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Mourning the Losses

One of the challenges that we have all faced this past year is mourning and grieving. We mourn the nearly 500,000 people who have died in our country from the pandemic. And we also mourn the mothers and fathers, uncles and aunts, sisters and brothers, friends and

neighbors who we have personally lost to the pandemic.


As we near a year of physical distancing and pandemic precautions, it is important to remember and mourn these losses. The people we have lost are more than just a statistic in a news report, they are real people and real connections that we miss and grieve for.

Part of the healing journey is ensuring that we make time and space for grieving, both for ourselves and for others. Each of us have lost and each of us needs to grieve those losses. There are days that we will cry, days that we are angry, days that we are in denial, and days

that we are just numb to everything, and there will be days when all of this happens in just a few minutes.


There is no perfect way to mourn and there is no magic way to skip ahead on the journey. Each of us travels through grief and mourning in our own way and at our own pace.


A unique challenge with the pandemic is that often we have not been able to be with loved ones during their illness. There have been funerals that we were not able to attend or that have been postponed for months.


As we begin to return to in-person activities and gatherings there will be difficult moments when we realize that someone did not decide to skip the gathering, and instead we learn about their death. It is important that we show grace to each other as we navigate these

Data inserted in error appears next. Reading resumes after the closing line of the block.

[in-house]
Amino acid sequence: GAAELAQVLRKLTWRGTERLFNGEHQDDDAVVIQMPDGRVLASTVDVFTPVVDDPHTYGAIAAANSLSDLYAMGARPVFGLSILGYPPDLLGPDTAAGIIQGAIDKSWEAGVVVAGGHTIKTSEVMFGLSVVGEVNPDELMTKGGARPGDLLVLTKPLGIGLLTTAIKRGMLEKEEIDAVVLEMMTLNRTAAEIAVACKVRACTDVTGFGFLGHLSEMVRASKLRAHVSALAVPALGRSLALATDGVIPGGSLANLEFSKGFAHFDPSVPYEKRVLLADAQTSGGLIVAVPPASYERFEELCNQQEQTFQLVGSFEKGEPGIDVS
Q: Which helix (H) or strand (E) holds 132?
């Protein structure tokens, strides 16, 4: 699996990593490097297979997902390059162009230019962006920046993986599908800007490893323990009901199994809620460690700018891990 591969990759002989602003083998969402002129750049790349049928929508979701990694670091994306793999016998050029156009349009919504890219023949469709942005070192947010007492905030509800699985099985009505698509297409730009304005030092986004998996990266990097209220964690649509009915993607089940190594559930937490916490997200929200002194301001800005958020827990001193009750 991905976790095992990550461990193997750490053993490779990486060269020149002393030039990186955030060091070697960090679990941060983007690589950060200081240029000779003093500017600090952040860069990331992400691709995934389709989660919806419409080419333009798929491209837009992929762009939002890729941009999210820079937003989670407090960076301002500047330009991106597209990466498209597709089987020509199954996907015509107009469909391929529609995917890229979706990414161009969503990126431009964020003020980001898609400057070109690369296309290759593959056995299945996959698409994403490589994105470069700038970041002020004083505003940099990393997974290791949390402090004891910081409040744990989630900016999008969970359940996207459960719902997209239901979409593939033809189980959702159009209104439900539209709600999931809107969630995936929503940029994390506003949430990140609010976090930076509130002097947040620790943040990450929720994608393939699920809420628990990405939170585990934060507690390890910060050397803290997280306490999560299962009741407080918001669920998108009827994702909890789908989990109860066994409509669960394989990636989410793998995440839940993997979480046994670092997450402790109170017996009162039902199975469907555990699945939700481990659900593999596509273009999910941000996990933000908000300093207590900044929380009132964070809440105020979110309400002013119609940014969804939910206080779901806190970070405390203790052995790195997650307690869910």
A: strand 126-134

challenging situations, and it is especially important that we also show grace to ourselves.


If you are struggling with grieving and mourning during this time, please reach out to a friend or family member and share what you are going through. There are also support groups affiliated with many hospitals as well as churches. Please know that you are not the only

one who is hurting and please know that you do not have to make this journey alone.


As Paul reminds us, “We do not live to ourselves, and we do not die to ourselves. If we live, we live to the Lord, and if we die, we die to the Lord; so then, whether we live or whether we die, we are the Lord’s.” (Romans 14:7-8 NRSV)


May the peace of Christ surround you and comfort you this day and every day.


Grace and peace,


Bill


Rev. William "Bill" McLean, II

Presbyter for Congregational Care

Presbytery of Southeastern Illinois

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